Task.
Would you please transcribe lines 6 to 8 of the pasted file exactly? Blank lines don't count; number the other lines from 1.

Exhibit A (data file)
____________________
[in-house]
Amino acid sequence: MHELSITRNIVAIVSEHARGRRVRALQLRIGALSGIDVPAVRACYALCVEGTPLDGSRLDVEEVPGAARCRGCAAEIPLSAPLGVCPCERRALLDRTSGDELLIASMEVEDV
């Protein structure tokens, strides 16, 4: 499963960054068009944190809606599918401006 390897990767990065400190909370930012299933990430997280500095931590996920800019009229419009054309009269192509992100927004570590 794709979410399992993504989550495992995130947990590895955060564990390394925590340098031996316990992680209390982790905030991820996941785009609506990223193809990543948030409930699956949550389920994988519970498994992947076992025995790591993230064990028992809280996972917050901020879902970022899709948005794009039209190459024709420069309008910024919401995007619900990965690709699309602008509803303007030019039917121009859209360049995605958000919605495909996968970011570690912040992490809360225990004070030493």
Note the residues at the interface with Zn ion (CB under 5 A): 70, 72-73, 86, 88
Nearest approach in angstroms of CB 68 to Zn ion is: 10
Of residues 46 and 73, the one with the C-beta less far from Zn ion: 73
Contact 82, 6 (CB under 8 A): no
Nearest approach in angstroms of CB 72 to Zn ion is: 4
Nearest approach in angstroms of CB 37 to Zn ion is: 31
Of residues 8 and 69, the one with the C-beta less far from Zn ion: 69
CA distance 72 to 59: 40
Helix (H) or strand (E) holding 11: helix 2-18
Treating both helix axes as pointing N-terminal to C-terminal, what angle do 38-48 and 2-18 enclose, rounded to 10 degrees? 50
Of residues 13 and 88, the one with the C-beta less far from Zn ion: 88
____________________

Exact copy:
Of residues 46 and 73, the one with the C-beta less far from Zn ion: 73
Contact 82, 6 (CB under 8 A): no
Nearest approach in angstroms of CB 72 to Zn ion is: 4